Wednesday, September 15, 2010

Crushes and Such

The giant eyes. The stylish red scarf. The upturned collar. The fancy gloves and the fast car. The fact that he was a demon on wheels who would be chasin' after someone. I wanted that someone to be me.

My first crush was on Speed Racer. It didn't matter to me that he was technically a cartoon character. The fact that his lips were merely two-dimensional didn't bother me a bit. Kissing was gross and boys still had cooties, but something about Speed made my knobby 5-year-old knees go weak and my little heart pitter-patter beneath my Garanimals. Speed was my first love. Distant. Unobtainable. Probably gay. Seemed right to me.

Then love became...exciting and new. And I went overboard for Gopher on "The Love Boat." Look at that image. Put some floppy ears and waxy black nose on that guy, a 1-800 number for the Humane Society below his bow tie, and you'd be sending in a donation before reading the rest of this paragraph. Gopher was everybody's buddy, but no one's lover. The sad and dejected one. The one that needed someone to take care of him. At 10 years-old, I was pretty sure that someone should be me.

That was until El DeBarge (pictured wearing a yellow bandanna) gave me instructions, in a falsetto voice, to love him in a special way. (What more could he say? He told me to love him now!) My friend Heather and I would play her DeBarge record over and over again, listening intently to the lyrics that El wrote just for us, no doubt. I was able to look past his pencil-thin mustache and dripping jheri curl. He oozed 1980s confidence and sex appeal, and that appealed to me just fine. Soon, though, I'd see that El DeBarge was lacking. I'd dump him in no time for a little girly-clothed dude who seemed in favor of humping the air, his microphone, his guitar, and (as I was starting to get how things worked) hopefully me.

Again, overlooking the pencil-thin mustache (what the hell was up with those?) I became feverishly obsessed with Prince. Pictures were torn from magazines and taped on my walls. Buttons were pinned to my jean jacket. Album covers were studied for hours on end, my fingers tracing his nearly life-like miniature frame. Prince was the first crush to take a run on my mental gerbil wheel and stay there for days on end. Sorry, I can't come out to play. I'm thinking about Prince. What was that you said? I wasn't listening. I was thinking about Prince. Is Prince part of this science unit? If not, than I don't want to study it. I only want to learn about Prince. Prince. Prince. Prince. Prince. The dot above the letter "i" in his name could be made into a perfect heart, one which expressed my undying love and devotion. I did have some difficulty in imagining my married name, since he only had one name to spare. Bridget Prince? Didn't seem right. Could he have my last name? Prince Hengen? Seemed like discarded German royalty. Screw it. I could just love being his wife.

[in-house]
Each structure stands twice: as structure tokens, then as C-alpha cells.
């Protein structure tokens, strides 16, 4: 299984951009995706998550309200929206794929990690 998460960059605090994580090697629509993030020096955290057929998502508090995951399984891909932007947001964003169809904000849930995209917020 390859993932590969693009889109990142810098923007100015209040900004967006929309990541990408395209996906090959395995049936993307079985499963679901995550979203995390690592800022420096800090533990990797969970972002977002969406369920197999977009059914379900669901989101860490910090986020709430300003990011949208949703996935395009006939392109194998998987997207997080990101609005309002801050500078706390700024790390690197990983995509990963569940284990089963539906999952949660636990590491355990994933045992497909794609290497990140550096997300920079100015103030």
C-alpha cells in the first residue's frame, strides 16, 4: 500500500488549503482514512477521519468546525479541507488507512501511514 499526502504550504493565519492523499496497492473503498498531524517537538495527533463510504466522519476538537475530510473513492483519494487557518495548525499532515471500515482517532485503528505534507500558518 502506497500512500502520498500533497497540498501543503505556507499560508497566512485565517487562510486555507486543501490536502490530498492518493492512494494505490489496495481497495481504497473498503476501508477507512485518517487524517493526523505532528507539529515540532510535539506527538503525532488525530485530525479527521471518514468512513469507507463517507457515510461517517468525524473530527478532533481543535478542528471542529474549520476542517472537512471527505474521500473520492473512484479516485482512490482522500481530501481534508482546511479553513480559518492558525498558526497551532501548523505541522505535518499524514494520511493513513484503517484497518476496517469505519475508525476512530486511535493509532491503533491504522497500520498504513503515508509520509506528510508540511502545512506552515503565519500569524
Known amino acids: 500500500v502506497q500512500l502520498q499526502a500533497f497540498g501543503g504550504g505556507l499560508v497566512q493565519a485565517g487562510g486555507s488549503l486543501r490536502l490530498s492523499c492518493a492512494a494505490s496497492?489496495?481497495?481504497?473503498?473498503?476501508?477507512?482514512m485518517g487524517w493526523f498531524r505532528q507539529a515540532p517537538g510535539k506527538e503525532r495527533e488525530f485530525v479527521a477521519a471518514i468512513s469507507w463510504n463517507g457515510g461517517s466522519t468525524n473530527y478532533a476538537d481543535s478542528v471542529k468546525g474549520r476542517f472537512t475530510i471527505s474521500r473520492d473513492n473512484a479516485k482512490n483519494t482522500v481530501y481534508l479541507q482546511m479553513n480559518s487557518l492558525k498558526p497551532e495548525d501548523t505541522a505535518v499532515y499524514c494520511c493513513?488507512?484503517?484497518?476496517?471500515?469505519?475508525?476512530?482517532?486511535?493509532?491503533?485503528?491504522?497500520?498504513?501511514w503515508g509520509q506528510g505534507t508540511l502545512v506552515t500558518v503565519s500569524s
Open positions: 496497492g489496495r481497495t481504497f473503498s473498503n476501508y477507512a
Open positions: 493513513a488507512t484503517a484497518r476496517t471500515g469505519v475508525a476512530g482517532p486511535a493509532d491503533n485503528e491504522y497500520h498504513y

Or Billy Idol's. Or Michael Jackson's. Or River Phoenix's. My crushes started to multiply in numbers and before long, my gerbil wheel was so full and active that I barely had room left in my brain for simple self-care. Teeth brushing seemed nearly impossible as it required multiple steps that were not about planning the wedding of me and Adam Ant. Or Matt Dillon.

Before long, my crushes extended to real live people sitting one or two desks over from the classroom. How could I be expected to learn to balance a checkbook with Geoff Merker and his starchy white shirt two rows over? Or Tim Kelly and his converse hi-tops in the next pod? I couldn't possibly concentrate on French with Neal Caine parlez-ing Francias in my ear or with Keith Florez's pinkie bumping into mine in the middle of a science lab. The world was electrified by boys and they were everywhere.

Fast forward 25 or so years. My home has tasteful pieces of art hanging from the walls instead of photos torn from Teen Beat magazine. My classroom has posters about vocabulary and the love of reading instead of one of Adam Ant, the ink bleeding below the surface from too much contact with the oil in my kissing stick. Hanging on the back of my door, however is a "READ" poster depicting a flirty Ewan McGregor holding a copy of "The Complete Tales of Beatrix Potter." I joke in class that it's hard for me to teach sometimes with Ewan over there on the door, obviously making the google eyes at me. "Stop it, Ewan!" I'll say. "I'm in the middle of a lesson here! Oh, you are too much!" The boys in the room appear confused. Unsure. Even a little uncomfortable. The girls, however, giggle and eye each other. They have no idea who Ewan McGregor is, and I know this. I also know that at home on their walls are torn pictures of Justin Bieber, half-clothed Twilight dudes, and other fresh-faced teen idols who I couldn't name if my life depended on it.

She gets us, they think. She really gets us.

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